EBRD and IFC finance Western Balkans’ largest wind farm

EBRD and IFC finance Western Balkans’ largest wind farm
Serbian President Aleksandar Vucic attends the signing ceremony for the loan agreement.
By bne IntelliNews October 18, 2017

The largest wind farm project in Serbia — and the Western Balkans region — will receive a €215mn loans from the European Bank for Reconstruction and Development and the International Finance Corporation (IFC), the EBRD said on October 17. 

Despite the region’s potential and a recent fall in the costs of wind and solar technology, investment into renewables in the Western Balkans has been relatively low, and most money channeled into the sector has been for the already established hydropower sector. By contrast, wind and solar potential have barely been tapped, although this could change as governments seek to meet renewables targets set as part of their path to EU accession. 

“The Čibuk wind farm is a breakthrough for Serbia as the country works to meet its commitment to produce 27% of domestic power needs from renewable energy sources by 2020,” said Harry Boyd-Carpenter, EBRD director of power and energy utilities. 

“The EBRD has worked closely with the government to develop and refine the regulatory framework for the sector and these efforts have now unlocked job-generating foreign investment and the first wave of renewable-energy projects.”

The loans from the two international financial institutions will support the €300mn 158 MW Čibuk 1 wind farm, which is being developed by Vetroelektrane Balkana, owned by Tesla Wind which in turn is a joint venture between Abu Dhabi based renewable energy company Masdar and Čibuk Wind Holding, a subsidiary of US-based wind energy developer Continental Wind Partners.

To support the project, EBRD is providing a €107.7mn syndicated loan, of which €55mn is syndicated to Erste Bank, the Green for Growth Fund, UniCredit and Banca Intesa, alongside a €107.1mn loan from the IFC. 

Čibuk 1 will have 57 wind turbines supplied by General Electric across an area of around 40 km2. It is expected to be connected to the grid in the first half of 2019, allowing it to supply power to an estimated 113,000 households, the EBRD said. 

As well as cutting carbon dioxide emissions — a problem across the region — by more than 370,000 tonnes, the farm will also create 400 jobs in the area.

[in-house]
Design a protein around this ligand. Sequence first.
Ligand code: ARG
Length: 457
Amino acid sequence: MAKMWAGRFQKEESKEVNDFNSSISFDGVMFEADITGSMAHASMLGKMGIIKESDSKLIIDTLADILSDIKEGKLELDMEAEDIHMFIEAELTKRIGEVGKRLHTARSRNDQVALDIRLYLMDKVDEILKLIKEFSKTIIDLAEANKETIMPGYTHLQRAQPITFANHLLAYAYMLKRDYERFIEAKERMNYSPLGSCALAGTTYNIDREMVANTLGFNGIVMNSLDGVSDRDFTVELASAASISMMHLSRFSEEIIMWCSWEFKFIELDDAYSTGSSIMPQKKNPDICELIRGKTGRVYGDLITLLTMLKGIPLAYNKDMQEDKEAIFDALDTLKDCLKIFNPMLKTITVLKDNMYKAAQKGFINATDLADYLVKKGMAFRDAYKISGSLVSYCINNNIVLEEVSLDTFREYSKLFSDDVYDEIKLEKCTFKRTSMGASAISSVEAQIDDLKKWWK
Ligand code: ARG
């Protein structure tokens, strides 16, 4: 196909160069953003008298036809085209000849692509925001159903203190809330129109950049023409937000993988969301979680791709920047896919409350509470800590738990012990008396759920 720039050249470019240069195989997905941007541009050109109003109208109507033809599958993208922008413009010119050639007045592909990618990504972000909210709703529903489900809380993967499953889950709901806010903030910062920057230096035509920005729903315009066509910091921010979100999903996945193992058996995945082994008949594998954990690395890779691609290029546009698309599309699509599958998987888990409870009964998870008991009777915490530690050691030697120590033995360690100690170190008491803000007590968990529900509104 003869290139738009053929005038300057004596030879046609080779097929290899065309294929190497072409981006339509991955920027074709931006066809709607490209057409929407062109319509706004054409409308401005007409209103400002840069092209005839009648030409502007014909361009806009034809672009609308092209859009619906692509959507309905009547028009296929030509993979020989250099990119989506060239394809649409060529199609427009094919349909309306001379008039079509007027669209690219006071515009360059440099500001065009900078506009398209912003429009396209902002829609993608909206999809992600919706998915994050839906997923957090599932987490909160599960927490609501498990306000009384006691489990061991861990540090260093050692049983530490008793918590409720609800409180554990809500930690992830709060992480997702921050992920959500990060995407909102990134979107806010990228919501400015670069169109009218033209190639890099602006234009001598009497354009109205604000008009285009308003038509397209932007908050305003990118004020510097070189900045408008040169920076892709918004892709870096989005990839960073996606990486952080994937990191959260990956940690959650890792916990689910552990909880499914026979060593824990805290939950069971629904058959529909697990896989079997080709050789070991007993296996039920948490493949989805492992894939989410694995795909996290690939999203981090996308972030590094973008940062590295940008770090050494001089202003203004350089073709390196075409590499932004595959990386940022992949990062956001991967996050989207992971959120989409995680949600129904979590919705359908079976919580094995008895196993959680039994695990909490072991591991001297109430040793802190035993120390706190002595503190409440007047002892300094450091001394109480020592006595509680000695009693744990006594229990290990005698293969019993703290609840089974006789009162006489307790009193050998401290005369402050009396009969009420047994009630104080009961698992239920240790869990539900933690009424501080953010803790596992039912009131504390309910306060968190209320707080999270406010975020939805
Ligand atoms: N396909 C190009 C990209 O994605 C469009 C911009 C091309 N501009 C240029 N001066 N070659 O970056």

Tesla Wind chairman Yousif Al Ai called the wind farm “a pivotal moment for the expansion of renewables in the region”, while Masdar CEO Mohamed Al Ramahi said it highlighted “the attractiveness of the Serbian market for renewable energy investment”. 

This is not the first wind farm to be developed in Serbia, but it is the largest. MK Fintel Wind, a joint venture between Serbian private conglomerate MK Group and Italian Fintel Energia Group, has built two two wind farms in the northern Serbian province of Vojvodina, started construction of a third in June. 

Enlight Renewable Energies, a publicly listed Israeli renewable energy developer, has also announced plans for a €189mn wind farm in northern Serbia with financing from Erste Group Bank AG (supported by the German Export Credit Agency Euler-Hermes), Erste Bank Serbia, and the European Bank for Reconstruction and Development (EBRD). 

These investors all want to harness Serbia’s wind energy potential, as identified by a January 2017 report from the International Renewable Energy Agency (IRENA). It says Serbia has additional cost-competitive potential for wind of up to 5.6 GW, noting, however, that “this can be realised only if a lower cost of capital is ensured”.

Like most of its neighbours, Serbia relies mainly on coal power generation, alongside mainly Yugoslavian era hydropower plants and some gas fired power stations.

Still, across Southeast Europe there is “vast technical renewable energy potential – equal to some 740 GW,” the IRENA report says. This includes overall technical potential of over 532 GW for wind energy, “the most abundant resource in the region”. As of end 2015, however, only 4.9 GW of wind generation capacity had been installed in the region, mostly in Bulgaria, Romania and Ukraine rather than the Western Balkans. 

 

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